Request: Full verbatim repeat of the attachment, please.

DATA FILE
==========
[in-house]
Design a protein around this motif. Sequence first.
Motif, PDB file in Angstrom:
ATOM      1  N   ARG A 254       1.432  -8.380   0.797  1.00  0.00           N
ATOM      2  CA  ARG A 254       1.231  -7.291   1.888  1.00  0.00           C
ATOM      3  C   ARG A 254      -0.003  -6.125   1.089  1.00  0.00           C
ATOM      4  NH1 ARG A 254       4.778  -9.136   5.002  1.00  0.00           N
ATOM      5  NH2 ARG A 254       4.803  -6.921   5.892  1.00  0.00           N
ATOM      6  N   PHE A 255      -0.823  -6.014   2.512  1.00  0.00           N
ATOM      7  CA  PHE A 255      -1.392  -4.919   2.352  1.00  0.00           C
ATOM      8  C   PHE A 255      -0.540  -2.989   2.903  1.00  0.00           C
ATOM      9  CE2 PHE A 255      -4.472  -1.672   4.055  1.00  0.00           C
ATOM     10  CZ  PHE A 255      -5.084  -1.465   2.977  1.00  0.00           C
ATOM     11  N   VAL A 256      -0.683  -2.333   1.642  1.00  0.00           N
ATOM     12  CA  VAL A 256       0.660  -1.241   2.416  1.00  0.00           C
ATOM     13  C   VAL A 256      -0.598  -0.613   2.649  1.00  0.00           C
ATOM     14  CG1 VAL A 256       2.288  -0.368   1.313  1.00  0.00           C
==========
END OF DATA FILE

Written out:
[in-house]
Design a protein around this motif. Sequence first.
Motif, PDB file in Angstrom:
ATOM      1  N   ARG A 254       1.432  -8.380   0.797  1.00  0.00           N
ATOM      2  CA  ARG A 254       1.231  -7.291   1.888  1.00  0.00           C
ATOM      3  C   ARG A 254      -0.003  -6.125   1.089  1.00  0.00           C
ATOM      4  NH1 ARG A 254       4.778  -9.136   5.002  1.00  0.00           N
ATOM      5  NH2 ARG A 254       4.803  -6.921   5.892  1.00  0.00           N
ATOM      6  N   PHE A 255      -0.823  -6.014   2.512  1.00  0.00           N
ATOM      7  CA  PHE A 255      -1.392  -4.919   2.352  1.00  0.00           C
ATOM      8  C   PHE A 255      -0.540  -2.989   2.903  1.00  0.00           C
ATOM      9  CE2 PHE A 255      -4.472  -1.672   4.055  1.00  0.00           C
ATOM     10  CZ  PHE A 255      -5.084  -1.465   2.977  1.00  0.00           C
ATOM     11  N   VAL A 256      -0.683  -2.333   1.642  1.00  0.00           N
ATOM     12  CA  VAL A 256       0.660  -1.241   2.416  1.00  0.00           C
ATOM     13  C   VAL A 256      -0.598  -0.613   2.649  1.00  0.00           C
ATOM     14  CG1 VAL A 256       2.288  -0.368   1.313  1.00  0.00           C